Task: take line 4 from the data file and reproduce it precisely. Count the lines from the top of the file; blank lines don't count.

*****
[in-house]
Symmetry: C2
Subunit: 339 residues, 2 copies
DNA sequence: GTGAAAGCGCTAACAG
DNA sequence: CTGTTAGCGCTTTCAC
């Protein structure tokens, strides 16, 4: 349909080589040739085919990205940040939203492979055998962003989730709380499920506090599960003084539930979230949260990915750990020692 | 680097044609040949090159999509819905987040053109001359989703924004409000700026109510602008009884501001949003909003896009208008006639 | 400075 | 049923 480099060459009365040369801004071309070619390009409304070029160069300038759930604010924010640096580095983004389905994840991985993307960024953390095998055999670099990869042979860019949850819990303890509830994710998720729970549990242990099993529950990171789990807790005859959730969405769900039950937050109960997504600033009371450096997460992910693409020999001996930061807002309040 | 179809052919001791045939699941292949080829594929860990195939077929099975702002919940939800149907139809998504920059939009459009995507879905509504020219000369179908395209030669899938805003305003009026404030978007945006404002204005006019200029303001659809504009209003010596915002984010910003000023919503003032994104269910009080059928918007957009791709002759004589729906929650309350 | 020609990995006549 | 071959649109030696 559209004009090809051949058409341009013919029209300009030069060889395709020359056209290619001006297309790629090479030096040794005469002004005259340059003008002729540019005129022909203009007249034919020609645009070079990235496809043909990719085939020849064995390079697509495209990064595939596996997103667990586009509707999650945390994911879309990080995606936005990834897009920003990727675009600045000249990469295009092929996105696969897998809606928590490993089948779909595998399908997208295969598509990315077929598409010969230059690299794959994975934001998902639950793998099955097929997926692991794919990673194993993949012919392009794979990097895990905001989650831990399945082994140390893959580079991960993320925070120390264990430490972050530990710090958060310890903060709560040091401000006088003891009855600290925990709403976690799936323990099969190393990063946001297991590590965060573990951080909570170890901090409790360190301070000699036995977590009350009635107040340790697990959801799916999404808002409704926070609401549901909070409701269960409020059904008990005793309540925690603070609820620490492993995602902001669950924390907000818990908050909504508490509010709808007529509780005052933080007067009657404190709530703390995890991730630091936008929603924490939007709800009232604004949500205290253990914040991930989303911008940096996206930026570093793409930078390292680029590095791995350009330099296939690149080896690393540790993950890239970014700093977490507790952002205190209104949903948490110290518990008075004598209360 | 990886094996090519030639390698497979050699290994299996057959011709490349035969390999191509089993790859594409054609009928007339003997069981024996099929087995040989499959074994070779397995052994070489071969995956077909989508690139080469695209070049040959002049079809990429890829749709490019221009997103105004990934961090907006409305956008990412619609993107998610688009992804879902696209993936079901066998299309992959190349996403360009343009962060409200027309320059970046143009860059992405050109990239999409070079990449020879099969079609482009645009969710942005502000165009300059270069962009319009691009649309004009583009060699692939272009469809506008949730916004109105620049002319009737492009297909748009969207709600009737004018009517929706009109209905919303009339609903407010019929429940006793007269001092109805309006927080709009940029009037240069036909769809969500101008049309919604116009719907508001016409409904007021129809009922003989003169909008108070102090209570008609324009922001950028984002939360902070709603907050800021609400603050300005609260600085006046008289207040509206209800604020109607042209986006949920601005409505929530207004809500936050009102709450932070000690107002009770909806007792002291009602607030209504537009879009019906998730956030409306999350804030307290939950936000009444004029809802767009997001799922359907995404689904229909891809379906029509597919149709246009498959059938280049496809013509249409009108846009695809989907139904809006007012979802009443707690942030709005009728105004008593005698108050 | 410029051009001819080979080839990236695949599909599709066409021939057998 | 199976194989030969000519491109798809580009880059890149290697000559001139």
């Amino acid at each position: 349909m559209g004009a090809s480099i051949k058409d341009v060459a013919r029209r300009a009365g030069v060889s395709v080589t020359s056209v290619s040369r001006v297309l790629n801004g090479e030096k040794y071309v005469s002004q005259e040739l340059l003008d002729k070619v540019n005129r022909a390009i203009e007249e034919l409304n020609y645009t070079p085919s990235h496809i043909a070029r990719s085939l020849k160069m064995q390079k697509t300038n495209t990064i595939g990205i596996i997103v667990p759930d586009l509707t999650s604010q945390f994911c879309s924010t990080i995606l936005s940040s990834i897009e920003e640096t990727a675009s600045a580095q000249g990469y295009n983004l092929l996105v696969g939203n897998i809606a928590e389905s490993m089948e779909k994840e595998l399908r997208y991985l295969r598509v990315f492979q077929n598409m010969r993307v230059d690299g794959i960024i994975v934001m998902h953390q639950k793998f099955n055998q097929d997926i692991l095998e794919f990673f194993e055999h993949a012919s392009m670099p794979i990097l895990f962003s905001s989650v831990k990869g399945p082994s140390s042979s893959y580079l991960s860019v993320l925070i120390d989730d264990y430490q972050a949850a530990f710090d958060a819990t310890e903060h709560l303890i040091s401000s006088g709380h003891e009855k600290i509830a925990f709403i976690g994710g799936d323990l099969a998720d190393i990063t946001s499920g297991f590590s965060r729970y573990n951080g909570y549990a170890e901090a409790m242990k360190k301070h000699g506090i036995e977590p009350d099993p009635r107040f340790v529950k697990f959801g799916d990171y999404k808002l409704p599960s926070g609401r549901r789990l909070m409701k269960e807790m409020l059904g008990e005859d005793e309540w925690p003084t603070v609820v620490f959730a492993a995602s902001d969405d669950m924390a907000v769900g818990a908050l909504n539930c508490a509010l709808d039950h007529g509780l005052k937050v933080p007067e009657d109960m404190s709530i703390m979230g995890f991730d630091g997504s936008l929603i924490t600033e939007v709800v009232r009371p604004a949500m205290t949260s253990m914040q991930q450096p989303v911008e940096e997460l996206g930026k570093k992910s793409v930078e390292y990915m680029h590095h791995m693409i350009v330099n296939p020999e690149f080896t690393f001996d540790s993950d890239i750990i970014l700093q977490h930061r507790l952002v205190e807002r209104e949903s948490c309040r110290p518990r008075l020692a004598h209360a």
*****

DNA sequence: GTGAAAGCGCTAACAG